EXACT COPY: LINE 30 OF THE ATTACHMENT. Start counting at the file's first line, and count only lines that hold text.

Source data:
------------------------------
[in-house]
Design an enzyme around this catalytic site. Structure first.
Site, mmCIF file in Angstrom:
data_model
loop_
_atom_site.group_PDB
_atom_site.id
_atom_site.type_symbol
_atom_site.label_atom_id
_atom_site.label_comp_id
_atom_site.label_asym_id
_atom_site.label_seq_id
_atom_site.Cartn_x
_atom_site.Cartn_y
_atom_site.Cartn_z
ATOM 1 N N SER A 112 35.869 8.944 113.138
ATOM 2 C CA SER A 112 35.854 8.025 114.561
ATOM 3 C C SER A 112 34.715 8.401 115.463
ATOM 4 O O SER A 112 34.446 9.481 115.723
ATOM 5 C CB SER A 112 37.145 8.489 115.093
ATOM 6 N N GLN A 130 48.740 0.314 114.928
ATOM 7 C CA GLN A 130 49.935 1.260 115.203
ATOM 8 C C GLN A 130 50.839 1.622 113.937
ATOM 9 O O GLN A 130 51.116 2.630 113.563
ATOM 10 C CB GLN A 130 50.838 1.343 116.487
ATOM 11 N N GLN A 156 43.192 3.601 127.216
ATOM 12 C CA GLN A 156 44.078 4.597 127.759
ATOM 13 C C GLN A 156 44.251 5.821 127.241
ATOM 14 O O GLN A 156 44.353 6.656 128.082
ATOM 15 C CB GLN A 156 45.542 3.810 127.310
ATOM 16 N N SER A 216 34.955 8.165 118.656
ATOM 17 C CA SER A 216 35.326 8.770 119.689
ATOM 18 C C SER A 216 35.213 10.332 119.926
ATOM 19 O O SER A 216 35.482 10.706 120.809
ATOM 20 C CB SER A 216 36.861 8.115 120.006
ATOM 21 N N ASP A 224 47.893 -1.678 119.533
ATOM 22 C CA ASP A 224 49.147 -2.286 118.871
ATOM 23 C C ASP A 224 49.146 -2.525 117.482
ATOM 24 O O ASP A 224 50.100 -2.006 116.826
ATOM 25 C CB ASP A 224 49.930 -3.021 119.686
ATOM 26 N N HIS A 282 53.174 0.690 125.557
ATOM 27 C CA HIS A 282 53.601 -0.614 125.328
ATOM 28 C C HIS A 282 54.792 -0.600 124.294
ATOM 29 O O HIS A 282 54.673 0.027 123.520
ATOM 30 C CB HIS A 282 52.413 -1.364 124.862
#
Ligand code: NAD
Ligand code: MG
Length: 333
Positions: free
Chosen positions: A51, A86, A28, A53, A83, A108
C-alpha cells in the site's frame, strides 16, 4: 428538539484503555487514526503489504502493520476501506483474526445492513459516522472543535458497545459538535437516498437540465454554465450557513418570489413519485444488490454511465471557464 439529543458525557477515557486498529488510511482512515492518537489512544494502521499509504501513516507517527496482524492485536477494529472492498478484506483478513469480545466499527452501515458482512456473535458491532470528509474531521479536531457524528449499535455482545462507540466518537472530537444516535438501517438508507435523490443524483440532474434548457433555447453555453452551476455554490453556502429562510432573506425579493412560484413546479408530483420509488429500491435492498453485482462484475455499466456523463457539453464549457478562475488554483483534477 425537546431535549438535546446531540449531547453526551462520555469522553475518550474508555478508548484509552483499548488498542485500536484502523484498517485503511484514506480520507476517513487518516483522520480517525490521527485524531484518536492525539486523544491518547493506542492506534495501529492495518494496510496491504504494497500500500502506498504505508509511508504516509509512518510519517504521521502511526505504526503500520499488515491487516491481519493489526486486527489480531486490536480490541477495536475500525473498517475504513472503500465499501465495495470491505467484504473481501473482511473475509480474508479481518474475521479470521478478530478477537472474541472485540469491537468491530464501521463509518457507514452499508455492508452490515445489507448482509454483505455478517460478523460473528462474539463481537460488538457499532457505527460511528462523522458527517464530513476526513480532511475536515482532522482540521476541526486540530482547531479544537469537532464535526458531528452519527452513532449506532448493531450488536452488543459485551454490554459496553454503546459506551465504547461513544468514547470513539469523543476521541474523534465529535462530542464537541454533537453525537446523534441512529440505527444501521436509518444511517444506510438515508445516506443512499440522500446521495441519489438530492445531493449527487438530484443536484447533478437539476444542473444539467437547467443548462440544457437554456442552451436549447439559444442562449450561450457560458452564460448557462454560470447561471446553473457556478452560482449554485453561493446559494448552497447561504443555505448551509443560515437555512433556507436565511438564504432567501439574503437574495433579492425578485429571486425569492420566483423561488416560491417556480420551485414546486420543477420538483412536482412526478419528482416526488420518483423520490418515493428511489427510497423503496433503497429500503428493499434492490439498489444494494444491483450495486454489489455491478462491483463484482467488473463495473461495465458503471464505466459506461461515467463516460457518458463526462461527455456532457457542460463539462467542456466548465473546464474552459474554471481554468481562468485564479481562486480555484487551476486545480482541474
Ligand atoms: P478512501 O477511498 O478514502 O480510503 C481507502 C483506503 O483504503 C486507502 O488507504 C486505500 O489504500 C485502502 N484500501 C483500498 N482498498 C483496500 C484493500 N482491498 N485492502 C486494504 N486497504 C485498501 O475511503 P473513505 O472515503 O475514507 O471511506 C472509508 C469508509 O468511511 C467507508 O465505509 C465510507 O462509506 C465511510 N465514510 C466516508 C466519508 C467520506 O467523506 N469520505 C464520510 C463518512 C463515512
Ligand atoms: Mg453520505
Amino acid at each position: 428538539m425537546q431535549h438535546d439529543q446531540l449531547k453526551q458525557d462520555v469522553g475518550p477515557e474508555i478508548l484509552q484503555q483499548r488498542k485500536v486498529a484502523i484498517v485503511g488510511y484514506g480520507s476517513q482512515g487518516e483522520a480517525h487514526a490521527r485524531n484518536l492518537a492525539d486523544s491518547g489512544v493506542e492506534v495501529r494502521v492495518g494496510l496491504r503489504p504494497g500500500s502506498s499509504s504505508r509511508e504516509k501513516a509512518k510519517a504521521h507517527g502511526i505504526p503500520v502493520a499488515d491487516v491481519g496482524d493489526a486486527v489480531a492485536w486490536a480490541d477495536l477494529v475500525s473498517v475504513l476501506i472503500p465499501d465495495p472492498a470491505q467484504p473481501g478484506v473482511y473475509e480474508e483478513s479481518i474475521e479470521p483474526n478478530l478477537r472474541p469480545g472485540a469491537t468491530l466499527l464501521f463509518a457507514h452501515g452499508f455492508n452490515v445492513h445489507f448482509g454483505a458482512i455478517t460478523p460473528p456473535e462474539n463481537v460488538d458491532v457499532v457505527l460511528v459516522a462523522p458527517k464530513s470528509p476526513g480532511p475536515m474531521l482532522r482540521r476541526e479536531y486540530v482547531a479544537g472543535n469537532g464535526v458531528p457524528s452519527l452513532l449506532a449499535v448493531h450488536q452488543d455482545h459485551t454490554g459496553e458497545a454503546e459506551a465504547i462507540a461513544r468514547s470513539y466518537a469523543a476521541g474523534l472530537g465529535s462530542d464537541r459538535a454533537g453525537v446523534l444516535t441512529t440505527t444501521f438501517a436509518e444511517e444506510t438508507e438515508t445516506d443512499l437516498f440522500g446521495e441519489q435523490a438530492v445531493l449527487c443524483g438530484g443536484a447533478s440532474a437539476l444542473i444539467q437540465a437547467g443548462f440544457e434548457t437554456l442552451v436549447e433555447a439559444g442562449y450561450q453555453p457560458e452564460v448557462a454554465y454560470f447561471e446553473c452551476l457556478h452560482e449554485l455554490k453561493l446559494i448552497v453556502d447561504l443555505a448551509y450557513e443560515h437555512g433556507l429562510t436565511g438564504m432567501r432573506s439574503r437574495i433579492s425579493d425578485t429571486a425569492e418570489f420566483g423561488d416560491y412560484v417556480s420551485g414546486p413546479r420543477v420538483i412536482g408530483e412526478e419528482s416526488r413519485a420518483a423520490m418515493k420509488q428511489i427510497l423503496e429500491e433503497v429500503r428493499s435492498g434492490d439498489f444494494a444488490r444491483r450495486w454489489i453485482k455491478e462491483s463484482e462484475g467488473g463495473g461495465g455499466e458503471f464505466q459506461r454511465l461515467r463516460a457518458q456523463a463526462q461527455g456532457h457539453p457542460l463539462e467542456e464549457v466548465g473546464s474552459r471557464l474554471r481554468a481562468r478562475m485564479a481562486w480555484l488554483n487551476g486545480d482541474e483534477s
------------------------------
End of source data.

ATOM 15 C CB GLN A 156 45.542 3.810 127.310